Blindside your audience with twists that even you didn't see coming. If you can surprise yourself, your audience is guaranteed to be caught off guard. When your audience can't guess what's going to happen, that's when they really get invested in the story.

Now, it's relevant that I write these screenwriting tips at this point in this screenplay's story - as this is exactly what The Toe does.

It goes where you don't expect it too.

At first, I thought it was going to be a simple mystery about Elizabeth searching for the owner of the toe, and perhaps discovering an underground ring of human smugglers or something else equally nefarious - instead what Elizabeth discovers I did not see coming.

Now I won't ruin this story by telling any more about its plot out of respect to the writer and producers. But I will say that this story goes somewhere the majority of people wouldn't expect it to. It becomes a very insightful, intelligent and well-crafted story that explores life's grandest question - what is the meaning of life? And, how do we create meaning from our existence?

Before I finish this review let me leave you with another couple of screenwriting tips.

Before this story took its first MAJOR twist - which happens around page 40 - (I'm not counting the inciting incident which is finding the toe) this screenplay could do a few things much better.


We only really like Elizabeth because we feel sorry for her. This is a form of passive empathy. Now, this kind of empathy works much better than NO empathy, but it's a distant weaker cousin to the form of ACTIVE POSITIVE empathy.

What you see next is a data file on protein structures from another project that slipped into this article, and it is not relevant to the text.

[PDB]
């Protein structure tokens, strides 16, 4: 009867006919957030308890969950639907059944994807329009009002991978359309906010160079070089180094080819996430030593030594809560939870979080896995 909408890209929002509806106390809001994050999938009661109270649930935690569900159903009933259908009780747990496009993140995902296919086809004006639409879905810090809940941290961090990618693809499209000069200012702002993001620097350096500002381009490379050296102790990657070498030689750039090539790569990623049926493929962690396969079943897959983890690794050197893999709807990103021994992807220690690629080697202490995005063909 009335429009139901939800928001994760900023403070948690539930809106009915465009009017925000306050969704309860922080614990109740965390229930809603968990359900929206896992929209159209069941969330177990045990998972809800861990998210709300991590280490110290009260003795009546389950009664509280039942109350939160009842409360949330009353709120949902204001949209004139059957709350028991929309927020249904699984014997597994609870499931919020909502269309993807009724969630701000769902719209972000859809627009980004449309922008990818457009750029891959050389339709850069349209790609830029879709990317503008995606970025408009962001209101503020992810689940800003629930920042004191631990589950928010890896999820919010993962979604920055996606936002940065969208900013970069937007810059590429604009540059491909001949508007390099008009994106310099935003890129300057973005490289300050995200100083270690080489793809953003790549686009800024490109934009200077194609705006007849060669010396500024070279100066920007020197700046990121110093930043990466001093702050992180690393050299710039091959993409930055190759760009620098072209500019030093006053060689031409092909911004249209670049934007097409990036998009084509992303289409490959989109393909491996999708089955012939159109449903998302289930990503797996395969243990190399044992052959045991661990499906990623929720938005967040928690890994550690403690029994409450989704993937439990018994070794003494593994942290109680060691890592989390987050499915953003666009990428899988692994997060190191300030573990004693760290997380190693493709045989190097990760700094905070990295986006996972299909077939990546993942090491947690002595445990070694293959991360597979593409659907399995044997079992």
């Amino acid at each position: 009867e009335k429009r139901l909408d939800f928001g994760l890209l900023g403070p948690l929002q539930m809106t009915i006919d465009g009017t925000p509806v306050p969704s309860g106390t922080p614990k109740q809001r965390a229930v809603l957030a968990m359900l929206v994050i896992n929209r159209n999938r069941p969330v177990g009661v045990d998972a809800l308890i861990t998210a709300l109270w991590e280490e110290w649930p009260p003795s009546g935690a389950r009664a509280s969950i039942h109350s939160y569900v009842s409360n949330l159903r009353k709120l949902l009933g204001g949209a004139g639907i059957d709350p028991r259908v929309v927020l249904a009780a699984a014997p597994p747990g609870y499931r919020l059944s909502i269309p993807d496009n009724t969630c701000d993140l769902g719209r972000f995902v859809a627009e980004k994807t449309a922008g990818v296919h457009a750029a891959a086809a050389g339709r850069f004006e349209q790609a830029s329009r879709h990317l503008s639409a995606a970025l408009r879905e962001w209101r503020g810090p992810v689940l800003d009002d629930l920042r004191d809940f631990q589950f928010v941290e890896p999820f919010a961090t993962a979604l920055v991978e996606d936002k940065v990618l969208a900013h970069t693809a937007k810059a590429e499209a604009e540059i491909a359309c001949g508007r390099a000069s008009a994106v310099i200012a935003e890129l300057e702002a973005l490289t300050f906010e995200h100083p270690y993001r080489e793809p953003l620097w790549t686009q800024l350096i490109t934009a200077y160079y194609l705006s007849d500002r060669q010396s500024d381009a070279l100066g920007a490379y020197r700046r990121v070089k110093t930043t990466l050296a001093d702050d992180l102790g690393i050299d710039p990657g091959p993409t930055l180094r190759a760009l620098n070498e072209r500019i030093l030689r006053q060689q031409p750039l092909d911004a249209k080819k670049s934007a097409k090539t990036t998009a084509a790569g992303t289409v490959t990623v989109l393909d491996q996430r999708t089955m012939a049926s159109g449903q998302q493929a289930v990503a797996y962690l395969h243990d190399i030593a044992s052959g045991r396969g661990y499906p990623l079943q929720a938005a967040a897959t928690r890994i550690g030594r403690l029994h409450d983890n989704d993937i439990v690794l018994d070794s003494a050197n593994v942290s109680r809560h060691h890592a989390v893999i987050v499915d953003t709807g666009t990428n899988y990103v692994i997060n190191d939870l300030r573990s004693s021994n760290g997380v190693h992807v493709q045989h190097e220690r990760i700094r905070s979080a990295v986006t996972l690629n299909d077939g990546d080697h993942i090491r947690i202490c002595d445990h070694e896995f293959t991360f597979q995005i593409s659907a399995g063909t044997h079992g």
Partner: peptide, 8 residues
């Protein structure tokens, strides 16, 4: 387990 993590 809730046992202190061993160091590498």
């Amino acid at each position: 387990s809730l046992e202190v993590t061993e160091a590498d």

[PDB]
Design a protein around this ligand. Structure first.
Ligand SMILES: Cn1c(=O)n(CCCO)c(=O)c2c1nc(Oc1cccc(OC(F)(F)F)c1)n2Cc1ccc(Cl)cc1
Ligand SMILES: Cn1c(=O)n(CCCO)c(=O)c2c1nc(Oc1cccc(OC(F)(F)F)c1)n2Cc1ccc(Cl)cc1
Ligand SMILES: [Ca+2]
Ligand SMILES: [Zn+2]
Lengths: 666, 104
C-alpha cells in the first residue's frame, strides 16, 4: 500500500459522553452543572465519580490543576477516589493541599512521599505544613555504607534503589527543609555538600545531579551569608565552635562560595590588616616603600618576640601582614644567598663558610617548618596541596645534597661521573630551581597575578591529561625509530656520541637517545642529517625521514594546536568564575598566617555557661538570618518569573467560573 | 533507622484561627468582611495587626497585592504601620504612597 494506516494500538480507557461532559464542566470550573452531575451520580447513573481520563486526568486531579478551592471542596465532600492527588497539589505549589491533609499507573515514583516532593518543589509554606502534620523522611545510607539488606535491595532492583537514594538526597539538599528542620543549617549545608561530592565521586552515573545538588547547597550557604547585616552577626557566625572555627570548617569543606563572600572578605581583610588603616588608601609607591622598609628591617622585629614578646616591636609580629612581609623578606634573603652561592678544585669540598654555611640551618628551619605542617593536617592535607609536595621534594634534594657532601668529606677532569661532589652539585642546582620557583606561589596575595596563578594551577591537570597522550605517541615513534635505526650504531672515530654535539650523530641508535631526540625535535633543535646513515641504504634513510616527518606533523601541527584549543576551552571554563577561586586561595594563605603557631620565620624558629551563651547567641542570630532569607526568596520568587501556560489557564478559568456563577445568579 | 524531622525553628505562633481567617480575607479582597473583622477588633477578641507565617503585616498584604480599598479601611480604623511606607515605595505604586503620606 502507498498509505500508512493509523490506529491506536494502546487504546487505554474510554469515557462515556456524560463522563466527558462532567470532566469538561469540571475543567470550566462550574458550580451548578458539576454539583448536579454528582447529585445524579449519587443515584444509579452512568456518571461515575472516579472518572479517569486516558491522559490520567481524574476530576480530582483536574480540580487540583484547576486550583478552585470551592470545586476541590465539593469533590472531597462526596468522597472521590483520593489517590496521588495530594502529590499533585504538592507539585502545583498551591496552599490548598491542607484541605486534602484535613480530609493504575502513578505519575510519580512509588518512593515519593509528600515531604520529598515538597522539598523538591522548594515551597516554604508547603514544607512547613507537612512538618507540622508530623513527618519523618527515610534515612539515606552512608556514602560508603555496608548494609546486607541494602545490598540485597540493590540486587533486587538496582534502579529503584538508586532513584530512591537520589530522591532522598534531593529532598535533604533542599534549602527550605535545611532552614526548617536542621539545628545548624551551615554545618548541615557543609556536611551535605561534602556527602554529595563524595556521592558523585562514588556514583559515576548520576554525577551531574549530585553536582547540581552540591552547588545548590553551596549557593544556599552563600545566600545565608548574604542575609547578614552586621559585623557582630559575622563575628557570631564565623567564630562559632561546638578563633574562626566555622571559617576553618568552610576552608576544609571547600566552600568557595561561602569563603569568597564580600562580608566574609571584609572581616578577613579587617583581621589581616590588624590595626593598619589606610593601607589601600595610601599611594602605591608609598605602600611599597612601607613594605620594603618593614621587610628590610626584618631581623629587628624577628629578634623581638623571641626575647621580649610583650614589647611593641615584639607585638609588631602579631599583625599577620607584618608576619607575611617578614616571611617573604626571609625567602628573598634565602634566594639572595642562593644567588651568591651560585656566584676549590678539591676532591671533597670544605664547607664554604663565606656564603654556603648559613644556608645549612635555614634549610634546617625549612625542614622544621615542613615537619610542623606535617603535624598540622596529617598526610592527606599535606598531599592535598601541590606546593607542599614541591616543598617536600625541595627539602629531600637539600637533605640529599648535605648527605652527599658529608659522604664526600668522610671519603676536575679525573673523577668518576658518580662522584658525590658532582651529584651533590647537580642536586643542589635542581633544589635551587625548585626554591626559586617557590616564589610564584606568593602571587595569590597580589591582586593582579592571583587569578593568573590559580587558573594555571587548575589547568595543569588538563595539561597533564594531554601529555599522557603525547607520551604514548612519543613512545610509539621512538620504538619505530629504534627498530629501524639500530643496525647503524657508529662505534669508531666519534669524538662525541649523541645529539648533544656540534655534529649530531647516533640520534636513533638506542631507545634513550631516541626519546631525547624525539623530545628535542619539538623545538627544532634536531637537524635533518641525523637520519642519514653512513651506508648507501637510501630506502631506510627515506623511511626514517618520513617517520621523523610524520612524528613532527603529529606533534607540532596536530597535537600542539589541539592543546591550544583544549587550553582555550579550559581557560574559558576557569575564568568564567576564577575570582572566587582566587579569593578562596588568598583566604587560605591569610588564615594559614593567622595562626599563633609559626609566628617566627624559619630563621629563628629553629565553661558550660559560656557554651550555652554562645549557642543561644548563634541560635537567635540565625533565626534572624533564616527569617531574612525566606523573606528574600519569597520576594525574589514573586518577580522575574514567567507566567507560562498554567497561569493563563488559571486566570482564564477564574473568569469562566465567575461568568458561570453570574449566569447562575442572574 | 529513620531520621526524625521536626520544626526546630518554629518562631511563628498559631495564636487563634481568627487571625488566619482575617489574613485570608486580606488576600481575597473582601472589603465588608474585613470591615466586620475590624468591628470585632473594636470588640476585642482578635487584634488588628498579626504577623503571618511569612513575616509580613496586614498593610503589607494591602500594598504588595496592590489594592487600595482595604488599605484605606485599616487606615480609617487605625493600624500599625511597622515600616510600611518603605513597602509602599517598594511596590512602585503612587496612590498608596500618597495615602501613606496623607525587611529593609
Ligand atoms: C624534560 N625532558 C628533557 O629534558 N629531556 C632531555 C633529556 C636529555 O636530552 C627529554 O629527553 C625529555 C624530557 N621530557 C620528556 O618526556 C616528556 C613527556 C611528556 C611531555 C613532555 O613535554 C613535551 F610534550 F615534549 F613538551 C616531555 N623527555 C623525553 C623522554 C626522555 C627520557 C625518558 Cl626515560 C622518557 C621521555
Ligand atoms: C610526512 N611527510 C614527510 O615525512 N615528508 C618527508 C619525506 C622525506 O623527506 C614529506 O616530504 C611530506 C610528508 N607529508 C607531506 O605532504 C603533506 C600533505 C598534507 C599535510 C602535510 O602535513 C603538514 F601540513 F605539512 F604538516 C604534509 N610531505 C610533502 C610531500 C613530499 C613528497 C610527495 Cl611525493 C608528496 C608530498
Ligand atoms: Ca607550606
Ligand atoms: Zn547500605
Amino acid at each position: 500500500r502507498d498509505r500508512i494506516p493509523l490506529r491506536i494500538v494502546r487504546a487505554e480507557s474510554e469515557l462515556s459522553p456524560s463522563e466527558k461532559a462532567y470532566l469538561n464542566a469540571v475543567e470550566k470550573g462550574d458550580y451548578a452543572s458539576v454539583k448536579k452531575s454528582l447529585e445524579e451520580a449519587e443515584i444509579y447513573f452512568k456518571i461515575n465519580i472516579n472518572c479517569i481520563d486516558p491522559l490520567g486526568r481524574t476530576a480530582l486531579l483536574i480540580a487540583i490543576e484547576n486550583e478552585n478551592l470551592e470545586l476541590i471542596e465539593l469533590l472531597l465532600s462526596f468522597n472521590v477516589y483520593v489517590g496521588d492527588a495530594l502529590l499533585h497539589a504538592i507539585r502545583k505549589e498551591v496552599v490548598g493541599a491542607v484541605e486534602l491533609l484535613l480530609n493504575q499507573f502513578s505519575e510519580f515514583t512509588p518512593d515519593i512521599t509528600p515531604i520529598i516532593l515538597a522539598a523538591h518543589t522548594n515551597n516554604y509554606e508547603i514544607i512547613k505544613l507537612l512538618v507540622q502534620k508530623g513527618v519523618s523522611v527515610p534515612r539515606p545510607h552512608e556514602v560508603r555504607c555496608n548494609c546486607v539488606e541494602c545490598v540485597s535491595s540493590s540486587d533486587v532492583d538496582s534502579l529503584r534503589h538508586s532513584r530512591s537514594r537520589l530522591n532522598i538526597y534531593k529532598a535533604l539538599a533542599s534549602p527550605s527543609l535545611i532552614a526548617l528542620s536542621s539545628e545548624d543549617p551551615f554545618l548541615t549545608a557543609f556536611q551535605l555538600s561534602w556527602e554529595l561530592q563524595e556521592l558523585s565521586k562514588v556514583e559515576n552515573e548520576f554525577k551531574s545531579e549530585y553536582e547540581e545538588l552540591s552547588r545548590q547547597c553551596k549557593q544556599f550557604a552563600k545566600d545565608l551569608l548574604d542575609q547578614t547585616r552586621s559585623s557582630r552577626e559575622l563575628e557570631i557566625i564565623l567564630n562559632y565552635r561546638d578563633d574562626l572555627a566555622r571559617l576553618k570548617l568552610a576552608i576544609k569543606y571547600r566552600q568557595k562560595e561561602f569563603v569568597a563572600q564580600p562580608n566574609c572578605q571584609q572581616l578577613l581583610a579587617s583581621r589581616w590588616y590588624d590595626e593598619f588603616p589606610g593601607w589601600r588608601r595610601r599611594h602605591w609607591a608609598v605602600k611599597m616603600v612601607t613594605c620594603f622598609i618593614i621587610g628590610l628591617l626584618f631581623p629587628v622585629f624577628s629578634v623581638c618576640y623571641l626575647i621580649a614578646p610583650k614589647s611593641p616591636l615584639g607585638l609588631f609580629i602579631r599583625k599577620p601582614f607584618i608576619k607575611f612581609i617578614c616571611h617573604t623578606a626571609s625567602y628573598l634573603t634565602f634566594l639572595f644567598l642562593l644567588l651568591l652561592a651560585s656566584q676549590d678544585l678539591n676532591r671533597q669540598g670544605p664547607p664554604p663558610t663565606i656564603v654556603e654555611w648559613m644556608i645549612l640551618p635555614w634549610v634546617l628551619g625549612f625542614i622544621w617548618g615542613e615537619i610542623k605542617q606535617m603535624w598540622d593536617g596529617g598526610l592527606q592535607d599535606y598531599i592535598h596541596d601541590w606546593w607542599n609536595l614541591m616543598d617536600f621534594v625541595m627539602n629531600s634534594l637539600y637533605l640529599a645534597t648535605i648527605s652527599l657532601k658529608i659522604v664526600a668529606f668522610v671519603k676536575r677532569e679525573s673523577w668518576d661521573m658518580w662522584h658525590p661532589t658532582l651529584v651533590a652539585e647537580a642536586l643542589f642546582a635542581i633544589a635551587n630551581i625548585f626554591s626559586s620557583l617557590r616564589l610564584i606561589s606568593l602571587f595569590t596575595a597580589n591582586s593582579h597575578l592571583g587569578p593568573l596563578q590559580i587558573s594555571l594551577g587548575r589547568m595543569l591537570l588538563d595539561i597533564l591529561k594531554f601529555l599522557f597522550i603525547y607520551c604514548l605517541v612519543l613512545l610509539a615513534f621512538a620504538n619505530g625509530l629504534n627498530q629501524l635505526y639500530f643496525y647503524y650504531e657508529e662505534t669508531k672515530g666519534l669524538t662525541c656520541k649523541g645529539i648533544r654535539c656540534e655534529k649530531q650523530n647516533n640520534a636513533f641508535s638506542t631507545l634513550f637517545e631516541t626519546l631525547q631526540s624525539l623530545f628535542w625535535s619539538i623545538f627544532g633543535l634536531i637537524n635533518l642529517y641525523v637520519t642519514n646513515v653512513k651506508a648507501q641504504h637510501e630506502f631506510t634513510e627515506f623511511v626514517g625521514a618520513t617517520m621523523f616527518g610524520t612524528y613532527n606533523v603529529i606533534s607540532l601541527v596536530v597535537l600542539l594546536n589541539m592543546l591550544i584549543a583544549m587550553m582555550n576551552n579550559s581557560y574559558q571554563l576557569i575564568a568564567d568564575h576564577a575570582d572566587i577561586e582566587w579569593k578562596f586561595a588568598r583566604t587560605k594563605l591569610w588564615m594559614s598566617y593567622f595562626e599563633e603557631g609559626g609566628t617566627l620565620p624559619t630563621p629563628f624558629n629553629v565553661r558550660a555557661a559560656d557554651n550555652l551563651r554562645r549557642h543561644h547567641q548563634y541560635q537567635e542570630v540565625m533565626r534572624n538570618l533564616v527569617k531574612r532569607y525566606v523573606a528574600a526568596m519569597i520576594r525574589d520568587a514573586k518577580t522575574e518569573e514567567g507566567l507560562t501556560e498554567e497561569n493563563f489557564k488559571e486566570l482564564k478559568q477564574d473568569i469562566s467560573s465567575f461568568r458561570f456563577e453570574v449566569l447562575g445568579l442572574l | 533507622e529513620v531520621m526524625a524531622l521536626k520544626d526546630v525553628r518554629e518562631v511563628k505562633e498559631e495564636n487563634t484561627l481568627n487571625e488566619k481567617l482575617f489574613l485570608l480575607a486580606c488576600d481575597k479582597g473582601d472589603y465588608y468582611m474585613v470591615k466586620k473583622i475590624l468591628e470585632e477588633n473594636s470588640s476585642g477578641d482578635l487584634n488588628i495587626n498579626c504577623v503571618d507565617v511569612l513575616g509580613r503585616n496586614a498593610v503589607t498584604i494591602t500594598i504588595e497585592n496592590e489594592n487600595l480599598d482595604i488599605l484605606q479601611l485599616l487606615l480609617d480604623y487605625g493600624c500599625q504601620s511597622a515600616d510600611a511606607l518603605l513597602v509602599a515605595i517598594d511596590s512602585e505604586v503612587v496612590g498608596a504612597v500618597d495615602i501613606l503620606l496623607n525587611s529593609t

Seeing scene after scene of Elizabeth's sad and lonely life made me feel sorry for her, but it didn't really make me love her. Not enough to commit to going on a journey with her 90+ minutes.

If I were producing this screenplay, my first note to the writer would be to inject ample doses of ACTIVE POSITIVE empathy in the first 15 pages of the script. But don't leave your empathy beats to the first 15 pages. You need to have active positive empathy beats throughout your screenplay to keep your audience in love with your hero.


Avoid writing these at all costs. In the first 30 pages of this screenplay, several scenes don't have a scene objective.

A scene objective is a goal your hero is trying to achieve in that scene. It's essentially the reason WHY you're writing that scene. When you have a scene with no clear goal your audience will grow bored of the scene and soon start to check out.


I read this script twice. The first time I wasn't engaged in the script until the first major twist on page 40, but from then on it really had me and kept me engaged until the end. 

The second time I read it I was still bored in this first 30 or so pages but I knew it was going to get much better so I was okay with sitting through the boring first act. This became an obvious piece of advice to share with you. Don't give your first-time readers any reason to check out from the story early. Keep them engaged by keeping your hero active with clearly defined goals and make sure we love them by injecting active positive empathy beats - these are situations where the hero ACTIVELY does something GOOD for another person/entity, other than themselves. We love altruistic, compassionate characters and will stick with them until the end of their journey. 

If you'd like to read The Toe for educational purposes, send me a private email.